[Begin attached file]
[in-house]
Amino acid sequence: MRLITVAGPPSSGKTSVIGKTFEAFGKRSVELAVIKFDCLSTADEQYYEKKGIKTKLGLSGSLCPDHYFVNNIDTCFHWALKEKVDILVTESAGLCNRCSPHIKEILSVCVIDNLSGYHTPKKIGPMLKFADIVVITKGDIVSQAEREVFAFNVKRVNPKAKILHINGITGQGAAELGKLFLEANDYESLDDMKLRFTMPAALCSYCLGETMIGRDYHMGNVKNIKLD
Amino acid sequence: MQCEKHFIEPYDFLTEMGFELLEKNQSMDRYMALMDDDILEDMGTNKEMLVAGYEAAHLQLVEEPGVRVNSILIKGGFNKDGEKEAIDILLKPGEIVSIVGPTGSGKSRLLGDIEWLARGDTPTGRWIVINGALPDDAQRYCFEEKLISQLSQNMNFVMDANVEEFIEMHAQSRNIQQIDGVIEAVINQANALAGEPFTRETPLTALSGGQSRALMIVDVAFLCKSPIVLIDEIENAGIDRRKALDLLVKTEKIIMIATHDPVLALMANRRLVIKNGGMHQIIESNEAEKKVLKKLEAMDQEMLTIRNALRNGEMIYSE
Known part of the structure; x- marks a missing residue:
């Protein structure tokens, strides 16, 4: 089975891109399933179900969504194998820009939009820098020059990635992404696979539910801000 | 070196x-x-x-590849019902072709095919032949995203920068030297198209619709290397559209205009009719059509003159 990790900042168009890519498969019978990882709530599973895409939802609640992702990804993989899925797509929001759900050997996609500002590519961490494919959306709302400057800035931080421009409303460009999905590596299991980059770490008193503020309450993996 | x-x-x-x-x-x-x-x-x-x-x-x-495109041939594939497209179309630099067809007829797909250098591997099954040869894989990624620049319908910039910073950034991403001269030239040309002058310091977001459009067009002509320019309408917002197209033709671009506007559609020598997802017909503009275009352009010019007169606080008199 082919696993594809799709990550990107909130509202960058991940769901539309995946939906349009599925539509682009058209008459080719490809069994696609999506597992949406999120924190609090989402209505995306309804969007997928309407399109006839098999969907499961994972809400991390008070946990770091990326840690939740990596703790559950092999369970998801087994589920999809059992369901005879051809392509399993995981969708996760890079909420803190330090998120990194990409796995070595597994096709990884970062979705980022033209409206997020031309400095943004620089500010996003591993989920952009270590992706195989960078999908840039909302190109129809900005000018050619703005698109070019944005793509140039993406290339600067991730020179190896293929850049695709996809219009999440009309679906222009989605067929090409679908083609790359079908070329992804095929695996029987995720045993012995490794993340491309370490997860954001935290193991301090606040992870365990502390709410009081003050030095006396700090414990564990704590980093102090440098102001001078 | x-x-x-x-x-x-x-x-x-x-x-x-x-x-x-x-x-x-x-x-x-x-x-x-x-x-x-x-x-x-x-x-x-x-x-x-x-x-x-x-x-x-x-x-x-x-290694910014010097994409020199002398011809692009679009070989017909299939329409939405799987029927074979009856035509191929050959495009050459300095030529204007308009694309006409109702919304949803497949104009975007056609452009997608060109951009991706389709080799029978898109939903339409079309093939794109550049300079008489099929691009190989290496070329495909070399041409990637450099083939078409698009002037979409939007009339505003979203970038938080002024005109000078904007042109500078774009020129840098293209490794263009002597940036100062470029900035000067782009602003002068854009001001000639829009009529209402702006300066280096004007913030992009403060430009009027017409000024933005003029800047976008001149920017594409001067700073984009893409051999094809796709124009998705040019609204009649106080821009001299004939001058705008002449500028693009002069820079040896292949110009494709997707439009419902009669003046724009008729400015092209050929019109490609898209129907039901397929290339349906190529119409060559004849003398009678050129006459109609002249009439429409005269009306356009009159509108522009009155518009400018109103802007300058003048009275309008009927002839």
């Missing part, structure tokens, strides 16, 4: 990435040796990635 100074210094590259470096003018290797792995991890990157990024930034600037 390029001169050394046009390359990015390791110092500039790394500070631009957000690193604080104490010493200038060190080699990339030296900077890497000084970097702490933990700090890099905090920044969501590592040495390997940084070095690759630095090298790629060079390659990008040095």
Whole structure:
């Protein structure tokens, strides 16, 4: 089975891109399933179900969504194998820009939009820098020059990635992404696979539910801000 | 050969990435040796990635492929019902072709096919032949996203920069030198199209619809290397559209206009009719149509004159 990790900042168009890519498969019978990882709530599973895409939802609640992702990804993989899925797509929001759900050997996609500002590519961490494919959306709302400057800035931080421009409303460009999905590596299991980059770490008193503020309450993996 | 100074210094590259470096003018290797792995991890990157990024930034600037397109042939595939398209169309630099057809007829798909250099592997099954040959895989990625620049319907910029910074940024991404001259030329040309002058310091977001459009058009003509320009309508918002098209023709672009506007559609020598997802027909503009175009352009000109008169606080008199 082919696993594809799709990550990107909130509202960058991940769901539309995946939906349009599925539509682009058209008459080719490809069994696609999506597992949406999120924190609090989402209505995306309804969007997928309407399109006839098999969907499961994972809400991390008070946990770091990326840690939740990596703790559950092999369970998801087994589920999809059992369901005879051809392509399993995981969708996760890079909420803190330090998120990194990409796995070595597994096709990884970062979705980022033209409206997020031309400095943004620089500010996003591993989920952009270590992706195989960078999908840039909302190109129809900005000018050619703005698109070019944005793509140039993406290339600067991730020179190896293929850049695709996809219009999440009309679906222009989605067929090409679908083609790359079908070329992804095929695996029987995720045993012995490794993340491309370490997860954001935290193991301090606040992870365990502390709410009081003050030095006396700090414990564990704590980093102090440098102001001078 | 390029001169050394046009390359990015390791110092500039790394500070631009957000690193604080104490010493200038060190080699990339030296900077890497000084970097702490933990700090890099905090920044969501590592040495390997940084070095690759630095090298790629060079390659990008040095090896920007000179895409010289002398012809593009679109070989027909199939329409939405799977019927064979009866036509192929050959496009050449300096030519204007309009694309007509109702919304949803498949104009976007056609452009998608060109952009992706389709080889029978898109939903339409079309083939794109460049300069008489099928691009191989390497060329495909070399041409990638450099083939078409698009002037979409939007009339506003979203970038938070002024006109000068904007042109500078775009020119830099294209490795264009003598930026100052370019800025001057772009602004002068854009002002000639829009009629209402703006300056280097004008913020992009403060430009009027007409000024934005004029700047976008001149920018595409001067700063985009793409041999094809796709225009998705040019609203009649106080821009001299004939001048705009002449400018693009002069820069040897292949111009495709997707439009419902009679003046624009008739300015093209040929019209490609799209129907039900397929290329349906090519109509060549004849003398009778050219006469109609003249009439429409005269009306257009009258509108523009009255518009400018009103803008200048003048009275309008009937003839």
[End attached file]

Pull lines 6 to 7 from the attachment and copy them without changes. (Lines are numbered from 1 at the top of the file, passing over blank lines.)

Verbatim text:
């Missing part, structure tokens, strides 16, 4: 990435040796990635 100074210094590259470096003018290797792995991890990157990024930034600037 390029001169050394046009390359990015390791110092500039790394500070631009957000690193604080104490010493200038060190080699990339030296900077890497000084970097702490933990700090890099905090920044969501590592040495390997940084070095690759630095090298790629060079390659990008040095």
Whole structure: